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Before the ultimate rivalry


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#31 CanucksSayEh

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Posted 19 September 2012 - 11:54 PM

Boston won't be much of a rival anymore. Do you guys care about NYR?


I was 4, didn't give a **** about hockey, still, screw the Rangers.

#32 Slegr

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Posted 20 September 2012 - 08:14 PM

Rivalries aren't born out of proximity, they're born out of head to head meetings. The reason MTL/BOS, CGY/EDM, etc are such vicious rivalries is because they play against each other so frequently, and in the same division. If you recall, for a while we had a massive rivalry with the Colorado Avalanche. Not so much anymore now that Vancouver is good and Colorado is bad. It ebbs and flows, and Seattle wouldn't be any different.

Some rivalries are born largely out of proximity. Oilers/Flames, yes the played often in the playoffs, but the hated swelled because they were only hours apart. Our brief rivalry with the Avs was just playoff circumstance, but it couldn't be sustained when we didn't mean in the playoffs because people could care less about winning or losing to Denver.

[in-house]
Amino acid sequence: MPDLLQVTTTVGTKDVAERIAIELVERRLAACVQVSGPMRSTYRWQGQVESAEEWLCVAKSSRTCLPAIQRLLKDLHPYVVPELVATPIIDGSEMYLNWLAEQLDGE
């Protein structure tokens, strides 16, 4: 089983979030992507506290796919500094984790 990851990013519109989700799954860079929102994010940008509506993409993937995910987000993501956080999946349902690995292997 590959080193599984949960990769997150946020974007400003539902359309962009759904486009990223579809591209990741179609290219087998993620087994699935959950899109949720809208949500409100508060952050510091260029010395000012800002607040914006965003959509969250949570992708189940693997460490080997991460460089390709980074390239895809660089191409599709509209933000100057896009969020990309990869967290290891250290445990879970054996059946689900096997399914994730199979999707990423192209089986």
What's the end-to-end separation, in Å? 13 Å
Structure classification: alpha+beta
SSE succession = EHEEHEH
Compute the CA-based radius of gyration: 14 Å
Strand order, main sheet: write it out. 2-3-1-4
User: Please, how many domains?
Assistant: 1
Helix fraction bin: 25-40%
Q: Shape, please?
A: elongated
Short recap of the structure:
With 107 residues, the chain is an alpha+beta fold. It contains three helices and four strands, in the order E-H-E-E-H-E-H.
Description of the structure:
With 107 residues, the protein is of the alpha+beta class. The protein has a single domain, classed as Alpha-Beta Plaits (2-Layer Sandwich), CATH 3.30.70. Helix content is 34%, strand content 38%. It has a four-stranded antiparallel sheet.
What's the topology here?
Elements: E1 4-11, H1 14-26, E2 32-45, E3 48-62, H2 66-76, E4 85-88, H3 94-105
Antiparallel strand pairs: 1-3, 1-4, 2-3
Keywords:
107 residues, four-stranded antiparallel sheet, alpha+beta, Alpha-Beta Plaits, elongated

Now losing to Seattle would suck, because they're so close. Look at the Sharks, Ducks and Kings. Those teams HATE each other when they play regular season games. Why? Because when their fans cheer after each game, they're close enough to hear each other.
"I knew we had a great team. I told everyone if we play as a group, we can win it all. Everyone laughed. Now we're laughing."
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#33 Bitter Melon

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Posted 20 September 2012 - 09:22 PM

Some rivalries are born largely out of proximity. Oilers/Flames, yes the played often in the playoffs, but the hated swelled because they were only hours apart. Our brief rivalry with the Avs was just playoff circumstance, but it couldn't be sustained when we didn't mean in the playoffs because people could care less about winning or losing to Denver.
Now losing to Seattle would suck, because they're so close. Look at the Sharks, Ducks and Kings. Those teams HATE each other when they play regular season games. Why? Because when their fans cheer after each game, they're close enough to hear each other.